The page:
6. Móna Wise

    Oh yum. Yet another way to make spuds taste even better. We just dug up the last of our summer crop. Bitter sweet moment…very tasty.

  7. Daily Spud

    Indeed so, Móna. I have a few spuds left in my potato bags which I’ll be lifting soon too – always sorry to see the last of them go!

  8. Sippitysup

    Yotam is the current king. I can not get my nose out of his new book plenty. Thanks for more inspiration in this direction. GREG

  9. Tangled Noodle

    What a perfect convergence of circumstances: your stash of pepper flakes, a need to use them and an Ottolenghi recipe – for potatoes, no less! As always, your dish looks marvelous. Now I’m yearning for Turkish chili flakes…

  10. carol

    if you have Maras pepper in your collection, then you are indeed blessed. It combines fruity, smoky, slightly salty flavours with a subtle heat that gently warms without killing. For the best effect, don’t cook it in, but try sprinkling it onto grilled meat, eggs, yoghurt, beans, stewed fruit, chocolate, etc. I think it pretty much goes with anything. yum!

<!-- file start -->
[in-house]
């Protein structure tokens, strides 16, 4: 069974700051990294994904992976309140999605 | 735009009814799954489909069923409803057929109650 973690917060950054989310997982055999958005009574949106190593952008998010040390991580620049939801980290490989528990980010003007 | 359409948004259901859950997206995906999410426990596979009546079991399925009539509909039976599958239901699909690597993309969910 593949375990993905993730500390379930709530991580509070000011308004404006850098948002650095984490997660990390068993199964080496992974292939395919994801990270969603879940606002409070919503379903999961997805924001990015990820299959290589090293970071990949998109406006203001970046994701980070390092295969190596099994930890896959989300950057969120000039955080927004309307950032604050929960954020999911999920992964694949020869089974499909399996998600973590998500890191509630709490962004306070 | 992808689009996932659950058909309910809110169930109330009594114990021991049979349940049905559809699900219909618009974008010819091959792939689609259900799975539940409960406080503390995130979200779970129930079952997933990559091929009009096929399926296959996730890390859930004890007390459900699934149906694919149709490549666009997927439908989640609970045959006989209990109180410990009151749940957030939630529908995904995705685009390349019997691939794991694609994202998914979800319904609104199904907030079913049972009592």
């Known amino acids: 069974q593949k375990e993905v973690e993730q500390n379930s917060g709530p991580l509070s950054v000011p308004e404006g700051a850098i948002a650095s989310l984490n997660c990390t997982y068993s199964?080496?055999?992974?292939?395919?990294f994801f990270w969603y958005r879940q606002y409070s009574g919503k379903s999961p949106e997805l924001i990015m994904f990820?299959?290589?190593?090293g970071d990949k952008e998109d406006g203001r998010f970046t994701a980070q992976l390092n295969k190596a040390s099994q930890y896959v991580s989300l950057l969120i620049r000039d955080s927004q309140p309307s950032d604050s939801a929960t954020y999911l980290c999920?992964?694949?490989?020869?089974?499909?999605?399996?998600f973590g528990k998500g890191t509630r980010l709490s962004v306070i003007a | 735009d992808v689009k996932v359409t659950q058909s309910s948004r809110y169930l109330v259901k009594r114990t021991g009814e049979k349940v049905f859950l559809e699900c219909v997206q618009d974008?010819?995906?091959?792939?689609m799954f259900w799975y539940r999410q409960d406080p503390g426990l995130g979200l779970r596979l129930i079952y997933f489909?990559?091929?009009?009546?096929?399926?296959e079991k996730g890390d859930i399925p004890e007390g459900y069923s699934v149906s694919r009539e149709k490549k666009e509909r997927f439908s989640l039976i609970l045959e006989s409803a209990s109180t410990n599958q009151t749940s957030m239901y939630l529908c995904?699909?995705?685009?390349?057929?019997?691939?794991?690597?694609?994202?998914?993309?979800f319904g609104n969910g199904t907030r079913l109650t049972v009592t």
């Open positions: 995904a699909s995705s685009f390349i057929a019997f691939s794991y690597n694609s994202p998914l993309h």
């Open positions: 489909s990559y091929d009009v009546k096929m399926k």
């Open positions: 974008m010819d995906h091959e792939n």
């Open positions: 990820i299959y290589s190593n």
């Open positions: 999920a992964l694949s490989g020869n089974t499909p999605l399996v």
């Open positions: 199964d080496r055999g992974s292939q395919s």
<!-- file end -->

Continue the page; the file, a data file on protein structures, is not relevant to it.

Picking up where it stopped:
11. Sophie

    When you said, meet the peppers, I was thinking of The Red Hot Chilli Peppers! They are my favourite band!
    But this tasty spud recipe will do! :) MMMMMM,…yummie!

  12. gastroanthropologist

    I love Yotam’s recipes – gets me eating more veggies and love the spices he uses and introduces me too… I’m posting on a recipe inspired by one of his recent guardian articles soon.

    Love the color of the red pepper and I’m sure it tastes amazing with spuds!

  13. Daily Spud

    Sippity Sup: Hey Greg, anything I’ve seen of his recipes has me intrigued. It’s a major oversight on my part that I don’t own any of his books – well, not yet at any rate!

    Tangled Noodle: as always, if we were neighbours, you know I’d share my stash with you…

    Carol: Thanks for that intro to Maras pepper. I don’t think I have that one in my collection (though, from the description, it sounds a little like aleppo pepper, which I do have). I might just have to ask my brother to look out for some Maras pepper for me the next time he’s in Turkey.

    Sophie: Hey there, long time no see! Hope all is well with you my friend – sorry I couldn’t provide *the* Red Hot Chilli Peppers, but I hope these other peppers will do :D

    Gastroanthropologist: Hi there, hope you’re keeping well – I think Yotam has gotten a lot of people to think again about their veggies and that is no bad thing.